Secure web applications – using JS to create a new web language

When you look around on security mailing lists you’ll probably an increase in security warnings relating to web applications… many of them based on JS code injected into a webpage.

This has lead to the uncomfortable situation where pages that are based on usercontent can not trust their users to provide JS as part of their submitted content. So now we can share video, audio and other passive media but anything interactive is out of the question.

What to do about it? The JS security system is entirely based on domain names and some providers have resorted to running all user js code on a seperate domain… but this again limits the usefulness of JS because it can only operate within the assigned iFrame. Others are trying to run the JS code through code analysis tools to find out if it is doing anything “forbidden”.

But who are we kidding? Blacklist attempts have never worked so far and the thing about web security is that even a single attack can leave data from dozens of apps exposed.

The alternative is quite simple, but to my best knowledge has never been tried: Implementing a second language in JS, running protected in a seperate sandbox, allowing only whitelisted calls and if necessary filtering the results. Is this possible? Certainly? Is it hard? Not as hard as one would imagine? Is it slow? Definately slower than true JS but still fast enough to be of use.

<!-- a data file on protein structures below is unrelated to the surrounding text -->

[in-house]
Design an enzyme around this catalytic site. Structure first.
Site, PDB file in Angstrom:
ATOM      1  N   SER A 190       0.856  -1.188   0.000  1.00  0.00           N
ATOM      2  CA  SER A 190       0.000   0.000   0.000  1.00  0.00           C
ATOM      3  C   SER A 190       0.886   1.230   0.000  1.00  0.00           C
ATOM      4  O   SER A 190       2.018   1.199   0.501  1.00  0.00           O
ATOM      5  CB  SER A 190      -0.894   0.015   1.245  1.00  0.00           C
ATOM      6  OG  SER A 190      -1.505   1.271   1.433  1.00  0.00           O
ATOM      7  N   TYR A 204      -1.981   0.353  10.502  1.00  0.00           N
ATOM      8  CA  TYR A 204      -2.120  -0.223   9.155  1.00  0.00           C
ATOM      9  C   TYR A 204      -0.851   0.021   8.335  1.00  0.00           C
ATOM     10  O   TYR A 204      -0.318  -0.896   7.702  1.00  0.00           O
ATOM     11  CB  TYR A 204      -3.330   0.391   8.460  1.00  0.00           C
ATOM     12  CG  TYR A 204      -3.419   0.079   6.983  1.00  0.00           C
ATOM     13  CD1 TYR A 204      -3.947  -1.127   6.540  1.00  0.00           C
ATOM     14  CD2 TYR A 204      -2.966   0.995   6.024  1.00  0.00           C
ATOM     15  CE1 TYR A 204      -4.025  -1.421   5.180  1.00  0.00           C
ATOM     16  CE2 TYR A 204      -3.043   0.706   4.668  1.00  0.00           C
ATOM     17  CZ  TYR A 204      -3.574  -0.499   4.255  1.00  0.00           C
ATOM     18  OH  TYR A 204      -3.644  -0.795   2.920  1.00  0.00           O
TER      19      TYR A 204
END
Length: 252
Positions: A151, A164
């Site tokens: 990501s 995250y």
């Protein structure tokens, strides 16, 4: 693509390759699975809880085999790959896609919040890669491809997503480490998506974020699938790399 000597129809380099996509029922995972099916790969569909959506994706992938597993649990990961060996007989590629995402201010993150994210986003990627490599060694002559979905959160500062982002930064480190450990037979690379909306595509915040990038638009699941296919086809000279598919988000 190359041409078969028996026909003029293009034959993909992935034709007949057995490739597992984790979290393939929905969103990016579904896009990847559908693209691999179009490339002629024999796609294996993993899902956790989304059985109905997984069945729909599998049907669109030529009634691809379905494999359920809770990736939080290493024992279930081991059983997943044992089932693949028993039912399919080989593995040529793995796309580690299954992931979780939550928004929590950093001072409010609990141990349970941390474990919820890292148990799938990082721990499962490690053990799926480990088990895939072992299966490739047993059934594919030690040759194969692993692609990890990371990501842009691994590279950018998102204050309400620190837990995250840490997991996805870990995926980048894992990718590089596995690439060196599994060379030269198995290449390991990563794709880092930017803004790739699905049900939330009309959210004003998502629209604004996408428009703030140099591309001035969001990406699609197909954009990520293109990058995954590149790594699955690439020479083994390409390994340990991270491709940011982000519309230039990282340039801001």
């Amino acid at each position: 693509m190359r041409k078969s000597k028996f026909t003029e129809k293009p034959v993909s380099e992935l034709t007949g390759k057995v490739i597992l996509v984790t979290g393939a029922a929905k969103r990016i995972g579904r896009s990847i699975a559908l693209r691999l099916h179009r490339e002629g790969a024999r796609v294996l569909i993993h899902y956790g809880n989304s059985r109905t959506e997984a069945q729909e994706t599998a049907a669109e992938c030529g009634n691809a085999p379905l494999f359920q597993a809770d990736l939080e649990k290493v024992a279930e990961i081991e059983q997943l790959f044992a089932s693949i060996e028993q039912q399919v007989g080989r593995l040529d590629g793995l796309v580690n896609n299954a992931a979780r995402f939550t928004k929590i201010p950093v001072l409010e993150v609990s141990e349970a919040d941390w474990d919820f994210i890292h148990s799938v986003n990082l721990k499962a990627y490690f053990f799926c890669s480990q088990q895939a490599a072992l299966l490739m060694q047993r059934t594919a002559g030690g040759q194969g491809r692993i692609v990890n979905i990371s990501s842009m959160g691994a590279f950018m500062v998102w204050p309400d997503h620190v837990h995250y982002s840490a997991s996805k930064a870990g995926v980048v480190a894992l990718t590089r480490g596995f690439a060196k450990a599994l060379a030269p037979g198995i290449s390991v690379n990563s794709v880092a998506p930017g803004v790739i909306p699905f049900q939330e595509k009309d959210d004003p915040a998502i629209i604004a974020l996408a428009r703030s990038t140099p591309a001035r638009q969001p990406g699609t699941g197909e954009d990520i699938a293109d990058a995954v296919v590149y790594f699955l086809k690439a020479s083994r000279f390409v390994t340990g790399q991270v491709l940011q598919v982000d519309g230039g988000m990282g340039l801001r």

Let’s tackle these questions one by one:

Is it possible? Every language that can implement basic text parsing can implement it’s own parser… it’s really as simple as that. And it JS it’s even easier because we have a bunch of text processing tools like RegularExpressions that make parsing quite straight-forward and simple.

Is it hard? Not really… many of the requirements for the interpreted language can be mapped to native behaviour. For example: the garbage collector can work for the interpreted language as well if we map stacks and variables in the interpreted language back to native objects.

Is it slow? In order to answer this question we have to remember how code is usually stored in high level languages: The CodeDOM. The codedom is a simple, object-based tree structure where any number of atoms make up expressions. Once we have parsed the expressions into this DOM and inserted all implicit behaviour, executing code is really just a matter of walking this tree. So each interpreted operation means running the atom handler and following the tree. The atom handlers usually don’t change and can therefore be compiled by the JS handler and the jump to the next atom is just following a single reference. Combine that with the fact that we can replace known atom combinations with optimized functions and you’ll see that this is fast enough for the majority of simple web apps.

Just think about it what people could do if their apps were not restricted to their iFrames… youTubeOS? mySpace dynamic layouts? The sky would be the limit (That and the rules inserted into the interpreter… mySpace could opt to give users full access over the page’s elements, but not their ads and not the document and window elements).

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